Sharing the Light

Sharing the Light

Archdiocesan Offices Frequently Asked Questions

FAQ about Archdiocesan Offices

  1. What are these buildings used for? Who bought them and for how much?
  2. What will the buyers do with the Chancery and Gabriel Richard buildings?
  3. Is the sale of the buildings due to archdiocesan financial difficulties?
  4. What will the Archdiocese do with the proceeds from the building sales?
  5. Is St. Aloysius Parish next door to the Chancery Building affected by the move?
  6. Are the buildings being sold at, below, or above market rates?
  7. What are the archdiocesan lease details at 1212 Griswold?
  8. How much is the Archdiocese paying to maintain its occupancy at the Gabriel Richard Building and the Chancery while waiting to move into 1212 Griswold?
  9. How will the Detroit Archdiocese save money over the long term by selling buildings it owns to become a tenant?
  10. Will Detroit Archdiocese jobs be eliminated by selling these buildings and moving into smaller facilities?
  11. Are Changing Lives Together, Catholic Services Appeal, or archdiocesan assessment funds involved in these transactions?
  12. Was any consideration given to consolidate archdiocesan offices in the Gabriel Richard Building, at the Chancery Building, or at Sacred Heart Major Seminary? Was constructing a new archdiocesan-owned building considered?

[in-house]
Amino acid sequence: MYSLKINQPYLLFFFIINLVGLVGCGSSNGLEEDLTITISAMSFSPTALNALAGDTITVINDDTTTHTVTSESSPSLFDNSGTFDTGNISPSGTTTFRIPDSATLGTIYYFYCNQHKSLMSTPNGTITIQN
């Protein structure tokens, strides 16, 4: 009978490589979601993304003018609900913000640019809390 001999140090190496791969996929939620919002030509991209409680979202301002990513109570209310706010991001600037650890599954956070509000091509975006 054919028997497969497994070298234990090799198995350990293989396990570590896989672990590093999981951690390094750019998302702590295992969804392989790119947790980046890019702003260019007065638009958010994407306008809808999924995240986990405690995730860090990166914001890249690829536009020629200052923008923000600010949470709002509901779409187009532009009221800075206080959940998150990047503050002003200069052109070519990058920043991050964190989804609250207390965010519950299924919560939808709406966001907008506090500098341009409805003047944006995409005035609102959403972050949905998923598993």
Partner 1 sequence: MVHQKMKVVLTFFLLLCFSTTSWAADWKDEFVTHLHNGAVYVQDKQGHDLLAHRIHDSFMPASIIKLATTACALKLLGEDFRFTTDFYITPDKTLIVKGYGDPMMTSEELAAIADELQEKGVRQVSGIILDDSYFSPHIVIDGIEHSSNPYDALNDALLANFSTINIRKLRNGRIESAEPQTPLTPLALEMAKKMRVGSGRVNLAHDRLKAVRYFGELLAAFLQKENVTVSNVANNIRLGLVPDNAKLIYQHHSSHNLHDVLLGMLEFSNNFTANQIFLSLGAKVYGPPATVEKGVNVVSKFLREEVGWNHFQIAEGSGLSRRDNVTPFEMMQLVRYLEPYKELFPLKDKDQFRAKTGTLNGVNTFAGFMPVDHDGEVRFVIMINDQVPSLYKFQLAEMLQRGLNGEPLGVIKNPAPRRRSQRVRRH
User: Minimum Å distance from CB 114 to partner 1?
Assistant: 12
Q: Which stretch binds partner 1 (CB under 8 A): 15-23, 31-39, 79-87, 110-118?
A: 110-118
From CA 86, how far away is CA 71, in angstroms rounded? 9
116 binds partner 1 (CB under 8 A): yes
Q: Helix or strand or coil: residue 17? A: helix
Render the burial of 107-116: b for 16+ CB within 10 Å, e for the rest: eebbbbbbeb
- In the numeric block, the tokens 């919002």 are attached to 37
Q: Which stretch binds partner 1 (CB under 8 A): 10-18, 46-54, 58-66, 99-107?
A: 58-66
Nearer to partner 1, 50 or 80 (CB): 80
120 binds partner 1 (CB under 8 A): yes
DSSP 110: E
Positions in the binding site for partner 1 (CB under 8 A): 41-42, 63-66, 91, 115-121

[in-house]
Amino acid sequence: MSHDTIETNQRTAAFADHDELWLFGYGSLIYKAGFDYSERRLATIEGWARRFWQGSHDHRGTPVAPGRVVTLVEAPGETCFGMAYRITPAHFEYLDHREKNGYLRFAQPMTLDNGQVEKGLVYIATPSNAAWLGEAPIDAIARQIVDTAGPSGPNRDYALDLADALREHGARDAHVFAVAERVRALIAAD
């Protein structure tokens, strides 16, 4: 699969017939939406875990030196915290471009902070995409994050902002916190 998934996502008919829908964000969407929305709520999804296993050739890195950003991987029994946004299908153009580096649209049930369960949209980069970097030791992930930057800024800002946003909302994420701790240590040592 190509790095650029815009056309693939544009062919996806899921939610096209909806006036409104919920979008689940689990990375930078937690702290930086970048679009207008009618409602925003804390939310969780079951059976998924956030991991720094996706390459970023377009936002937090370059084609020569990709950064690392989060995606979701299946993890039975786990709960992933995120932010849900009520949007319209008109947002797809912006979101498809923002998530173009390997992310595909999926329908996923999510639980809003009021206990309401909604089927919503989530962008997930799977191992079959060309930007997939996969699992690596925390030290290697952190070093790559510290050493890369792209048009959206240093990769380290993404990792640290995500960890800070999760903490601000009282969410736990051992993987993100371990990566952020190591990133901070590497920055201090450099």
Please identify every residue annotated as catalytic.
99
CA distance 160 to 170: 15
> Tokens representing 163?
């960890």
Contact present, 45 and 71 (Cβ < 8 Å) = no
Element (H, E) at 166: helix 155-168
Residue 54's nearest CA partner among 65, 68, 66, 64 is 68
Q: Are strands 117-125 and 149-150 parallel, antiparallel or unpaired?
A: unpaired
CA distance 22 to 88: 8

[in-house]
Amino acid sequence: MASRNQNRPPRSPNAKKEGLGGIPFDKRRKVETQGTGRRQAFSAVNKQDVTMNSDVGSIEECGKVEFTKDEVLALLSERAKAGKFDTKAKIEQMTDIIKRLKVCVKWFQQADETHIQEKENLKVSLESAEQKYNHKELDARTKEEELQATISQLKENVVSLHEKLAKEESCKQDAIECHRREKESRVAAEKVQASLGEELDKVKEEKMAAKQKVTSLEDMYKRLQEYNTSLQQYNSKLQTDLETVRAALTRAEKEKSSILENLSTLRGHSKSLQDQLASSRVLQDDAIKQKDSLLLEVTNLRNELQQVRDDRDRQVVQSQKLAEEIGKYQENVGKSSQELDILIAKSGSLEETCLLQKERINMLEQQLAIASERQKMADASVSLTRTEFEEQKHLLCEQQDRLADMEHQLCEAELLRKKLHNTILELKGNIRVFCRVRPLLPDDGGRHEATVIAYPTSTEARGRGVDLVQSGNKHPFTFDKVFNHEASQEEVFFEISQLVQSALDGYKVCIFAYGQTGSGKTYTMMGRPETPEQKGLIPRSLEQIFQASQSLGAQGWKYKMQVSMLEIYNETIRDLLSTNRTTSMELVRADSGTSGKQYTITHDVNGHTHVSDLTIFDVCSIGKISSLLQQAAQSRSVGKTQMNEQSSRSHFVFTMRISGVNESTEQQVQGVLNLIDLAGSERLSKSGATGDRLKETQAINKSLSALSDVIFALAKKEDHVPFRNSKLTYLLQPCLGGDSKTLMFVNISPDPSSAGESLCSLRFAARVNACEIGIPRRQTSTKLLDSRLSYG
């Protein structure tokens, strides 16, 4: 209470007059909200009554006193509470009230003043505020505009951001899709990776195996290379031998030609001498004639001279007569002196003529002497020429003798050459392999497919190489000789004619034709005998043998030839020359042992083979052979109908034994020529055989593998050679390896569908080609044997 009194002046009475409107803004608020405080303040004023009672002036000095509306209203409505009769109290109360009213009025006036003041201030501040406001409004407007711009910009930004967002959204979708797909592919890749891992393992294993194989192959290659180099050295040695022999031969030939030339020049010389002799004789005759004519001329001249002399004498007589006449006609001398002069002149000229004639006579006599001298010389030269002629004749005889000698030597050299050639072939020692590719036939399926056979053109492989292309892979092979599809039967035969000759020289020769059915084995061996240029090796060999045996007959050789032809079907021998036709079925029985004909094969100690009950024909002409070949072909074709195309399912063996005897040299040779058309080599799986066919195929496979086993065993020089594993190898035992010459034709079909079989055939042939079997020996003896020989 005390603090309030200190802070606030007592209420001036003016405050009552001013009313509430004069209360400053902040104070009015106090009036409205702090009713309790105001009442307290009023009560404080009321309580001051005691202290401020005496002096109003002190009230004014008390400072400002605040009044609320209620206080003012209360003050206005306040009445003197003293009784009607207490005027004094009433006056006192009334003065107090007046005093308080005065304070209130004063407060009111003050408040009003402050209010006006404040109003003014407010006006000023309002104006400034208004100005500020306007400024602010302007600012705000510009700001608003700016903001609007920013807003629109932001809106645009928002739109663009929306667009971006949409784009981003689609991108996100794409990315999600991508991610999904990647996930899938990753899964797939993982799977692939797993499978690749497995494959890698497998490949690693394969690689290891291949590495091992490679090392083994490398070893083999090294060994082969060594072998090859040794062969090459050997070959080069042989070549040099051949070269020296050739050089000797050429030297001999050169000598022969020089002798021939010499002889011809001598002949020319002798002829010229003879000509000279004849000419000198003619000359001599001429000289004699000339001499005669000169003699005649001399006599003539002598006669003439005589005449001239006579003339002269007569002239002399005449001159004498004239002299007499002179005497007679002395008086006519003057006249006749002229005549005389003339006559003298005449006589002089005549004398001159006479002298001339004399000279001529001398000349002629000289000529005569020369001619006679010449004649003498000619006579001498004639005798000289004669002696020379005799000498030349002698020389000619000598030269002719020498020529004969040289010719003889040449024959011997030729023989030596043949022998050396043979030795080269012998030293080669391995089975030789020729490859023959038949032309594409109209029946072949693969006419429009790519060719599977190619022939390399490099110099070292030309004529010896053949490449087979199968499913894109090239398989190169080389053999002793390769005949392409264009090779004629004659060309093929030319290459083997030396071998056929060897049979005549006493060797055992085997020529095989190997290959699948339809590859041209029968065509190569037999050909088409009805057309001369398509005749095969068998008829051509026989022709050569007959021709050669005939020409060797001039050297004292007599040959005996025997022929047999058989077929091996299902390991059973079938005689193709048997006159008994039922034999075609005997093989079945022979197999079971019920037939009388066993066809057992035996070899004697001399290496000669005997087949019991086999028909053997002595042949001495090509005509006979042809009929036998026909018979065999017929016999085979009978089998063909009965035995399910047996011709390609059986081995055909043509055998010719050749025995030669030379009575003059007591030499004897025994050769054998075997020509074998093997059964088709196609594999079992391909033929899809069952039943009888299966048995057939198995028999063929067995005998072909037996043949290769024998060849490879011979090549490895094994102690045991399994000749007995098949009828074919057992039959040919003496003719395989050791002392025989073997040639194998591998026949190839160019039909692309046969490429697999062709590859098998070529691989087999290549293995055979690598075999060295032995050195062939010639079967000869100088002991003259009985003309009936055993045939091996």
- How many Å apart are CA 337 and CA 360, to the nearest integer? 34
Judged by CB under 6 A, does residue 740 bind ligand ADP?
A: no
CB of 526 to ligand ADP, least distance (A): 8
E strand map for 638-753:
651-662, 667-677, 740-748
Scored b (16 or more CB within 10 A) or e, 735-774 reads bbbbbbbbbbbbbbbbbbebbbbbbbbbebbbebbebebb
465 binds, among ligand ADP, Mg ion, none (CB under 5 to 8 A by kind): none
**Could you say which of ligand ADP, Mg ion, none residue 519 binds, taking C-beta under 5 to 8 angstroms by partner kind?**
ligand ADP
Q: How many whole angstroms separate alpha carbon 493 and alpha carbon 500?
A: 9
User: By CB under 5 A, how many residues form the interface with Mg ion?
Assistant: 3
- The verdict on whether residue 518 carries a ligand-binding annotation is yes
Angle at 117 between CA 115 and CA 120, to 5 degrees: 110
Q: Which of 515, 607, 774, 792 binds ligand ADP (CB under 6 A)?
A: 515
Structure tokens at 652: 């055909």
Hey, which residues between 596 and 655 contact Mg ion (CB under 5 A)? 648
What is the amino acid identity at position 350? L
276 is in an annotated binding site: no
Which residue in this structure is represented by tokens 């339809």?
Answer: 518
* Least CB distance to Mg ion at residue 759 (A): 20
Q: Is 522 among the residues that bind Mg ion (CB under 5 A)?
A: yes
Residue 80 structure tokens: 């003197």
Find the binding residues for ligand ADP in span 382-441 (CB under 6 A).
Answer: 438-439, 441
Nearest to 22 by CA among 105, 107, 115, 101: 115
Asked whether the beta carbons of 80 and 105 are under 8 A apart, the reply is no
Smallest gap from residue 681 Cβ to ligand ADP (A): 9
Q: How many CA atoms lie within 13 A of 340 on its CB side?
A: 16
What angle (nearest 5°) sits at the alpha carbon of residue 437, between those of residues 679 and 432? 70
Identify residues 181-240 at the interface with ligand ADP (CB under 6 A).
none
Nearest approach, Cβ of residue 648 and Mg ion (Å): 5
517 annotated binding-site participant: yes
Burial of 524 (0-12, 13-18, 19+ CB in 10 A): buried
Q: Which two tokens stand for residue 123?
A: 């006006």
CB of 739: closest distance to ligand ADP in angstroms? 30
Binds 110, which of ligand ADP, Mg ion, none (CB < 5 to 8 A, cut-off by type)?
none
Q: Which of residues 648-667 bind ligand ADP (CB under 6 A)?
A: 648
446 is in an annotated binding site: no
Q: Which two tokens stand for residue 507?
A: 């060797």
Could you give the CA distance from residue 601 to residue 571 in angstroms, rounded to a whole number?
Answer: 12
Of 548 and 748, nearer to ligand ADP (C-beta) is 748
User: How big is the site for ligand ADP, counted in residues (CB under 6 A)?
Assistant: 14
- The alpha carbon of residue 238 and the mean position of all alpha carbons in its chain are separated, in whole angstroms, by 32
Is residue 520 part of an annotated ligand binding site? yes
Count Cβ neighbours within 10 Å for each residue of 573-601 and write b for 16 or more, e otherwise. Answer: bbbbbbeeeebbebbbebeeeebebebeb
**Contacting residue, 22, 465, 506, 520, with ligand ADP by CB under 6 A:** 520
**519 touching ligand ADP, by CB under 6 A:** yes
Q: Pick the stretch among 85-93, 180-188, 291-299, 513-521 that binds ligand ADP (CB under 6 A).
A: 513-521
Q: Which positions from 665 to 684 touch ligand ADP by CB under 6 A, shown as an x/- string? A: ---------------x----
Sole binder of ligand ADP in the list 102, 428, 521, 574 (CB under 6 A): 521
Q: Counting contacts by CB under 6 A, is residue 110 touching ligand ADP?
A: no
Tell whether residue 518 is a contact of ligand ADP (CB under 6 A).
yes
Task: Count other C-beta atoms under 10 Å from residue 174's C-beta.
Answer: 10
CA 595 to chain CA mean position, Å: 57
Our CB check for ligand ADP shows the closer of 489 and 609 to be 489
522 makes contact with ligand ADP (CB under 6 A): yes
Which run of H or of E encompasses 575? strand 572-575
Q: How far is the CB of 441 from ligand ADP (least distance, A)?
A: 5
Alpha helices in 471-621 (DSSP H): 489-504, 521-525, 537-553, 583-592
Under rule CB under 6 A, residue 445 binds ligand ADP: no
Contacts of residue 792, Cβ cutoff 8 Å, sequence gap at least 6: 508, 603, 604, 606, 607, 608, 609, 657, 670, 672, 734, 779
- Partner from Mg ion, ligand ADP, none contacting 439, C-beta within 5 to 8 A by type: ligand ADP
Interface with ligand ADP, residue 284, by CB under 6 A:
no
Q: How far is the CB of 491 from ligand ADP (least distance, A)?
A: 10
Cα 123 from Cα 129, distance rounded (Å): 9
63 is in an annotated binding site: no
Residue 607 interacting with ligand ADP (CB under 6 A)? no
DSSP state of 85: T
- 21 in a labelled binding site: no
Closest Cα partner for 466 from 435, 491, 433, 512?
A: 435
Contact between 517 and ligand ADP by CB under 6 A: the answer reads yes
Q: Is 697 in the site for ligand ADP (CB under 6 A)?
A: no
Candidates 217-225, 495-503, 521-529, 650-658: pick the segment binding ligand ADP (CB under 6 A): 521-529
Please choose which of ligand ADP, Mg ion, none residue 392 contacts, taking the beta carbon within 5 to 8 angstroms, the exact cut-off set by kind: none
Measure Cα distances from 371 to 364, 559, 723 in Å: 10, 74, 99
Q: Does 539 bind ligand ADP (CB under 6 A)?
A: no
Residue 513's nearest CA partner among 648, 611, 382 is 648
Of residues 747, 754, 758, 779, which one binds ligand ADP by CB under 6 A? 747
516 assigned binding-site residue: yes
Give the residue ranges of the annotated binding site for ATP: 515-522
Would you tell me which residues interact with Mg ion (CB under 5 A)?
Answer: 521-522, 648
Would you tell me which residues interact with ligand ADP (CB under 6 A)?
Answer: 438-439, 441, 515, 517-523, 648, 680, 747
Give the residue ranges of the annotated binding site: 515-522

13. How long has the Archdiocese owned the Chancery Building at 1234 Washington, the former bank building at 1242/1244 Washington, and the Gabriel Richard Building at 305 Michigan Avenue?
  14. How old is 1212 Griswold? To what extent is it being renovated? Who’s paying for the renovations?
  15. Are all Central Services staff moving to 1212 Griswold?

1. What are these buildings used for? Who bought them and for how much?

The Chancery and Gabriel Richard buildings house the Central Service operations of the Detroit Archdiocese, which supports parishes, schools, and other Catholic institutions in southeast Michigan. The archdiocesan Print Shop provides printing services to archdiocesan ministries and Central Services departments as well as parishes, schools, other Catholic entities, and nonprofit agencies.